China scientist debunks fringe theory linking coronavirus to lab leak

BEIJING (China Daily/ANN): A scientist from the Wuhan Institute of Virology of the Chinese Academy of Sciences has debunked a recent conspiracy theory that claimed the novel coronavirus was manufactured and escaped from the institute's most advanced biocontainment facility.

Shi Zhengli, a researcher from the institute, said on social media on Sunday (Feb 2) that the virus was the result of "nature punishing the uncivilised habits and customs of humans", and she is willing to "bet my life that it has nothing to do with the lab".

Shi was the lead scientist in the discovery that the novel coronavirus can enter cells through the ACE2 receptors and may have originated in bats.

Her comments came after Indian scientists recently published a non-peer-reviewed paper suggesting that scientists had artificially inserted genes from the HIV virus into the coronavirus, thus making it susceptible to anti-HIV treatments.

The paper was immediately panned by experts around the world and was removed on Sunday from the server of bioRxiv, a biology journal repository.

In a twitter post commenting on the paper, David Liu, a chemistry professor at Harvard University, said: "The mere claim that such short inserts support nCoV origins 'unlikely to be fortuitous in nature' is already highly suspect."

The term nCoV refers to the novel coronavirus.

"This is a classic case of searching for lost keys only under a lamppost," Liu said.

"A fearful world does not need to fuel conspiracy theories with bad analyses."

The Indian article was widely cited by conspiracy media outlets as proof that Chinese scientists had engineered the virus and that it had escaped from the institute's biosafety level-IV laboratory, the highest biohazard precaution standards designed to contain and study the world's most dangerous pathogens, including Ebola, smallpox, Lassa fever and Marburg virus.

The conspiracy theory began in late January when British tabloid the Daily Mail and the Washington Times, a conservative US newspaper, published articles claiming the recent outbreak could be the accidental result of secret biological weapons research in China.

Though the articles provided no evidence, the fringe theory quickly went viral on social media, prompting media outlets from the BBC to Foreign Policy to speak up against it.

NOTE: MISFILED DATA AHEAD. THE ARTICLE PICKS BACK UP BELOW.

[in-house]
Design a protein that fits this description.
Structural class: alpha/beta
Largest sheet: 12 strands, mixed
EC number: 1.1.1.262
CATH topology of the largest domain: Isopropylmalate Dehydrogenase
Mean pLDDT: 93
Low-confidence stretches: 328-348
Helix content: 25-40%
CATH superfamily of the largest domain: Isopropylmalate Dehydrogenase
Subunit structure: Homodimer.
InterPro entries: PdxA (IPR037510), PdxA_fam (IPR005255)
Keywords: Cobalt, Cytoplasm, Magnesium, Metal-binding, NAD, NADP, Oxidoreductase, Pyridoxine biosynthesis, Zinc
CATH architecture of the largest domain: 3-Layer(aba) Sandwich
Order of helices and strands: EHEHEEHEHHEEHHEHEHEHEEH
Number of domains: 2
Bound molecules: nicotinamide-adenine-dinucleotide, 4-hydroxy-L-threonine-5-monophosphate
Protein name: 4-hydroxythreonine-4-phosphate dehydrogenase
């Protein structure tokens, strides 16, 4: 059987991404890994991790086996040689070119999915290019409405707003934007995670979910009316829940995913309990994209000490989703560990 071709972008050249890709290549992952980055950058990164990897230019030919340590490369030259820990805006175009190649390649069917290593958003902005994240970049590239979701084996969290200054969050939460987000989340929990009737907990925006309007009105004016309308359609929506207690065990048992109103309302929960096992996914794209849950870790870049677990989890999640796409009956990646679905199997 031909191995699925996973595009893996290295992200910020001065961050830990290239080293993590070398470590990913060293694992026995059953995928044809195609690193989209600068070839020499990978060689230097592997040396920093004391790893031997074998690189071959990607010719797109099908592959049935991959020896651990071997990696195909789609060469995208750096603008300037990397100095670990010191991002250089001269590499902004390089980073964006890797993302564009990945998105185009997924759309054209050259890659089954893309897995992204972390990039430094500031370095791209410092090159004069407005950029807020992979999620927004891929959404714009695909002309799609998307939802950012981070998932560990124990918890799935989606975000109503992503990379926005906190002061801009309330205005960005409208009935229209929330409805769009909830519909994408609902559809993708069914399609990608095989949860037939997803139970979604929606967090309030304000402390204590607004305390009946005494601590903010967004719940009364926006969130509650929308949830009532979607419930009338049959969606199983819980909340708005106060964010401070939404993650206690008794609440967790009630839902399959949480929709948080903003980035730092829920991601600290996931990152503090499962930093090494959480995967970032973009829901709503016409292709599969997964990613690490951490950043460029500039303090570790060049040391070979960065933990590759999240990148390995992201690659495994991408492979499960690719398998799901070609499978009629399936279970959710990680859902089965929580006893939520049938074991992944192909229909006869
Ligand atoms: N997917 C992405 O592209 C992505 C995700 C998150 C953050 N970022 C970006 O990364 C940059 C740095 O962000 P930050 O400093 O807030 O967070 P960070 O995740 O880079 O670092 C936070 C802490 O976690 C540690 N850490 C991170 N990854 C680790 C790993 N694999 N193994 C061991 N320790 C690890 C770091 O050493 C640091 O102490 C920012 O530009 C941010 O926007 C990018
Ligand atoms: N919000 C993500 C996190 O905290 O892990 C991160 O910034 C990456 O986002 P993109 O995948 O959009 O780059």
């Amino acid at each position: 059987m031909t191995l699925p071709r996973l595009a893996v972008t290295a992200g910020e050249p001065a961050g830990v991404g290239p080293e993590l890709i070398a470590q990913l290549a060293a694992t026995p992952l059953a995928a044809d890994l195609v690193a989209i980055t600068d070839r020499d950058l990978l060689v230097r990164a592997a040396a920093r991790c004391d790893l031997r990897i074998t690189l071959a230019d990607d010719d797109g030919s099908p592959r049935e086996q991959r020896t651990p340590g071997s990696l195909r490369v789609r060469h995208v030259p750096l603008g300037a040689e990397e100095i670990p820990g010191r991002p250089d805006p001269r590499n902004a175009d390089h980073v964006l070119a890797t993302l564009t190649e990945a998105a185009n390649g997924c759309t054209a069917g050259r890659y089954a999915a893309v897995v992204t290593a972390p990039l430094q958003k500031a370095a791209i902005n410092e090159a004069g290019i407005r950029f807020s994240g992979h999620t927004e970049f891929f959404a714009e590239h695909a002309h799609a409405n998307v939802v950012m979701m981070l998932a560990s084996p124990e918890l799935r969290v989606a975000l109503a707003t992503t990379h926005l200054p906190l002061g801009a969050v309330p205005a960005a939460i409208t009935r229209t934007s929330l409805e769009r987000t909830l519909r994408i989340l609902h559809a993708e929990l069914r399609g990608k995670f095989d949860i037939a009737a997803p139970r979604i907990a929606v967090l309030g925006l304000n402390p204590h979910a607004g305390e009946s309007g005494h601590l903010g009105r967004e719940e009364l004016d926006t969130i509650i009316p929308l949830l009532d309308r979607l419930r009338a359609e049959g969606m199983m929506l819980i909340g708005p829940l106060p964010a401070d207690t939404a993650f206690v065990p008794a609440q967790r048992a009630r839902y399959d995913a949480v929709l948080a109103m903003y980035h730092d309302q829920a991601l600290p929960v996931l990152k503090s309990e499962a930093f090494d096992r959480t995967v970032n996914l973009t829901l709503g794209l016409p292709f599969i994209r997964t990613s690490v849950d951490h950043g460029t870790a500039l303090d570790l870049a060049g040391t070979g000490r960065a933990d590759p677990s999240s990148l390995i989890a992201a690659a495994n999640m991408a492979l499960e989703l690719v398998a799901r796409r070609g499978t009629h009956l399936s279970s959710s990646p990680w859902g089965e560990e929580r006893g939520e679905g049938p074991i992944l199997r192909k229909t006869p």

On Jan 28, the Chinese embassy in Italy said in a statement that the theory is baseless, false reporting.

"China will continue to maintain an open, transparent and highly responsible attitude when publishing information regarding the outbreak," it said.

"While strengthening outbreak prevention and control, China will continue to deepen international cooperation and tackle the disease together with the international community and jointly maintain the safety and health of the region and the world." - China Daily/Asia News Network

Article type: metered
User Type: anonymous web
User Status:
Campaign ID: 46
Cxense type: free
User access status: 3

Wuhan , China , virus , conspiracy


Next In Regional

A 1,100-year-old poem cost Meituan’s outspoken CEO US$2.5bil
Indian PM Modi to skip G7 meet in Britain due to COVID-19 crisis
Thai court grants bail to two protest leaders in jail for royal insults
Ad campaign critical of Japan's coronavirus response makes waves
Woman fights on for damages over Vietnam War use of 'Agent Orange'
Bursa closes broadly lower as 980 stocks in the red
Reaction from Chinese residents to the once-in-a-decade census
Covid-19: 3,973 new cases, Selangor still top with 1,328
China deletes two million online posts for ‘historical nihilism’ as Communist Party centenary nears
Chinese cryptocurrency financial services firm Babel Finance rides the mainstream wave with US$40mil Series A

Stories You'll Enjoy